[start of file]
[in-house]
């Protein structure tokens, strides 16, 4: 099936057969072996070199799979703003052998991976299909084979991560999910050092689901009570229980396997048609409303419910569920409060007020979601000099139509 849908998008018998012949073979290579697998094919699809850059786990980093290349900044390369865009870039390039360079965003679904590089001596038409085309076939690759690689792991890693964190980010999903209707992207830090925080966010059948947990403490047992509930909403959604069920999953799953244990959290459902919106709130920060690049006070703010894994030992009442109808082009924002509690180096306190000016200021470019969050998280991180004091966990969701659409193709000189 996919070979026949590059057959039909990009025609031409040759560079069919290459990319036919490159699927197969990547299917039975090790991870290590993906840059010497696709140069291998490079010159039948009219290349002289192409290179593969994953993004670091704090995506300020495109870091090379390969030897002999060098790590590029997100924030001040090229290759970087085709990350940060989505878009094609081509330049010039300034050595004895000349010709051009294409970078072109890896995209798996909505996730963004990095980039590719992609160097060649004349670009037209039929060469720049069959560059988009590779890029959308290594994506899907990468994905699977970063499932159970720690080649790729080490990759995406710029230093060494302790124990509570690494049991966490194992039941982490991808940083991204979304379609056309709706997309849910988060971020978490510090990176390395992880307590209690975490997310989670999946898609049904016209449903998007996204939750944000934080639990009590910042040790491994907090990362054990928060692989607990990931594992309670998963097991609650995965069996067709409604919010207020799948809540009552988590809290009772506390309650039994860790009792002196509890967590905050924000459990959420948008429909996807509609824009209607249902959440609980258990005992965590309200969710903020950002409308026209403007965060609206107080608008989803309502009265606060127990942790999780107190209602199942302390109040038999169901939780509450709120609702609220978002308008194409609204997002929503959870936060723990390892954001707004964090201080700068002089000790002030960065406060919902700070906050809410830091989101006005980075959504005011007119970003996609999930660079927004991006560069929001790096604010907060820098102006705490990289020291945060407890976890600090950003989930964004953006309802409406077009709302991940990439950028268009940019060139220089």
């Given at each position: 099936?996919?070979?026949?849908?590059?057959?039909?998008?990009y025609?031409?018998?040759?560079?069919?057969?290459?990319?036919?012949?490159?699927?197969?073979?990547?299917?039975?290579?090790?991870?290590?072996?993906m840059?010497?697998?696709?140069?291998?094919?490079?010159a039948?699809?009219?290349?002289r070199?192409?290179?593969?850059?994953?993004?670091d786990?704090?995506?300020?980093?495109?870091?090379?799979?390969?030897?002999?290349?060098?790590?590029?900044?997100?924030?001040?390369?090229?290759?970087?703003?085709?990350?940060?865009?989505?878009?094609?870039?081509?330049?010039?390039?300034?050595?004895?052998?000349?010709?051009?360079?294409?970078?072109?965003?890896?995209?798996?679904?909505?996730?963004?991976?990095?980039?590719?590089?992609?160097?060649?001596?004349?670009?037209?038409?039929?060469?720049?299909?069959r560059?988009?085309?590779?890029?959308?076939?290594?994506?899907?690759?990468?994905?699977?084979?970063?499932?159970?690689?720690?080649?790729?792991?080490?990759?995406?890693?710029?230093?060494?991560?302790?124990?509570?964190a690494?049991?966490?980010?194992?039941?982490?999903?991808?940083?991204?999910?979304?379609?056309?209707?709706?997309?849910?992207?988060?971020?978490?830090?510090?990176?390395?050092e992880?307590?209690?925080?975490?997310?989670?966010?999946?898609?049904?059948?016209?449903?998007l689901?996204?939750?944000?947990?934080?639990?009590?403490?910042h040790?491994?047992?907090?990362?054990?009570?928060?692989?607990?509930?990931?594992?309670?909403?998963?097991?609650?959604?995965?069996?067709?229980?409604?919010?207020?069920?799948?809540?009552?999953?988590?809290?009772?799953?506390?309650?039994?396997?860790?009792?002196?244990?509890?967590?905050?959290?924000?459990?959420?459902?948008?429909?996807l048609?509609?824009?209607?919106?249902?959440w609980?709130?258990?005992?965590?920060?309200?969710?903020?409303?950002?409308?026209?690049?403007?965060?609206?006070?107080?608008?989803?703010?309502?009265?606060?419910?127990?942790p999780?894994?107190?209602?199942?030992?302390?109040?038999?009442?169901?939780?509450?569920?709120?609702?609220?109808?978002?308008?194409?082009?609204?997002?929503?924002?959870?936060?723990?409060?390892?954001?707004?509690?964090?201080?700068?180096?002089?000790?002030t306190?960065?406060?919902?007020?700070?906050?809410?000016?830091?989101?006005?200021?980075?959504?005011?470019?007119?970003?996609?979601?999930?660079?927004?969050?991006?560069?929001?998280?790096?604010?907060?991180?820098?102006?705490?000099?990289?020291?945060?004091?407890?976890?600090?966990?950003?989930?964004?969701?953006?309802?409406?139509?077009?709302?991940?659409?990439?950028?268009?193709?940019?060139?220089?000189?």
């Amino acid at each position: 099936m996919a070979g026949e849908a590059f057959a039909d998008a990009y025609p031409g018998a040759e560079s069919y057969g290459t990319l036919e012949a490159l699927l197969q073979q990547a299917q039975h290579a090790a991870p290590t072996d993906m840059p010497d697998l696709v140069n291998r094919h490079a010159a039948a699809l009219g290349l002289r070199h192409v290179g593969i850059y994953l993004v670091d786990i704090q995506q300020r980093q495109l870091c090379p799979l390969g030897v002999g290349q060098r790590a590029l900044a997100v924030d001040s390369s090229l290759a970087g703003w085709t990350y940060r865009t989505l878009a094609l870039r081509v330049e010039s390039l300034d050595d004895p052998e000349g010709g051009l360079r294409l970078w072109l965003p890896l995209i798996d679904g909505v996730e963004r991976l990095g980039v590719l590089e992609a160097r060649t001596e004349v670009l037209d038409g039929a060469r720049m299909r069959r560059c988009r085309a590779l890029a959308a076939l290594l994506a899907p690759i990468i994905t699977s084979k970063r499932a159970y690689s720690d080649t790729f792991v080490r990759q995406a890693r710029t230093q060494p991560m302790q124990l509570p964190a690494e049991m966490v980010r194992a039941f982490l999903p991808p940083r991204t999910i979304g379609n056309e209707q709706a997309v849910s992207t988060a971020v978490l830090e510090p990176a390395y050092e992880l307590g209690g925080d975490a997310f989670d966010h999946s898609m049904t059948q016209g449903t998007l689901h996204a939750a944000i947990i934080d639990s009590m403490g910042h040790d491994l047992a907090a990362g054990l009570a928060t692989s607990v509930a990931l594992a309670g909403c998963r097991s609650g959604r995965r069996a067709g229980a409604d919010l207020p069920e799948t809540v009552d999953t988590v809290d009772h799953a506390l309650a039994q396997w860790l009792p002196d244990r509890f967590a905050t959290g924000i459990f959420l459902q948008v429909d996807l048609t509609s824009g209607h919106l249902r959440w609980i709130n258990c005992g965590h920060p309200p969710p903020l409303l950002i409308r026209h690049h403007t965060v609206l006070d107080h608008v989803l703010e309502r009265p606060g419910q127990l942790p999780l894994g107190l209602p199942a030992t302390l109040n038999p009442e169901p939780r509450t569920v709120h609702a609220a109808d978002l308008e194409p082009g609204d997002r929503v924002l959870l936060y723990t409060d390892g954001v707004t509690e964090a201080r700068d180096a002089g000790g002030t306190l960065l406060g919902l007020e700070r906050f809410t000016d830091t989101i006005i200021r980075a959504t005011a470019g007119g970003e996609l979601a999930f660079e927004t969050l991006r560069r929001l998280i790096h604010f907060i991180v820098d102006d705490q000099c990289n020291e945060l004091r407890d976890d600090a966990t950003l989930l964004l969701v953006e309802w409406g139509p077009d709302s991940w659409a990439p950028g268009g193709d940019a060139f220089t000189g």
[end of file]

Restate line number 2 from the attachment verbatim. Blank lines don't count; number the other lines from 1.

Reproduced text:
């Protein structure tokens, strides 16, 4: 099936057969072996070199799979703003052998991976299909084979991560999910050092689901009570229980396997048609409303419910569920409060007020979601000099139509 849908998008018998012949073979290579697998094919699809850059786990980093290349900044390369865009870039390039360079965003679904590089001596038409085309076939690759690689792991890693964190980010999903209707992207830090925080966010059948947990403490047992509930909403959604069920999953799953244990959290459902919106709130920060690049006070703010894994030992009442109808082009924002509690180096306190000016200021470019969050998280991180004091966990969701659409193709000189 996919070979026949590059057959039909990009025609031409040759560079069919290459990319036919490159699927197969990547299917039975090790991870290590993906840059010497696709140069291998490079010159039948009219290349002289192409290179593969994953993004670091704090995506300020495109870091090379390969030897002999060098790590590029997100924030001040090229290759970087085709990350940060989505878009094609081509330049010039300034050595004895000349010709051009294409970078072109890896995209798996909505996730963004990095980039590719992609160097060649004349670009037209039929060469720049069959560059988009590779890029959308290594994506899907990468994905699977970063499932159970720690080649790729080490990759995406710029230093060494302790124990509570690494049991966490194992039941982490991808940083991204979304379609056309709706997309849910988060971020978490510090990176390395992880307590209690975490997310989670999946898609049904016209449903998007996204939750944000934080639990009590910042040790491994907090990362054990928060692989607990990931594992309670998963097991609650995965069996067709409604919010207020799948809540009552988590809290009772506390309650039994860790009792002196509890967590905050924000459990959420948008429909996807509609824009209607249902959440609980258990005992965590309200969710903020950002409308026209403007965060609206107080608008989803309502009265606060127990942790999780107190209602199942302390109040038999169901939780509450709120609702609220978002308008194409609204997002929503959870936060723990390892954001707004964090201080700068002089000790002030960065406060919902700070906050809410830091989101006005980075959504005011007119970003996609999930660079927004991006560069929001790096604010907060820098102006705490990289020291945060407890976890600090950003989930964004953006309802409406077009709302991940990439950028268009940019060139220089």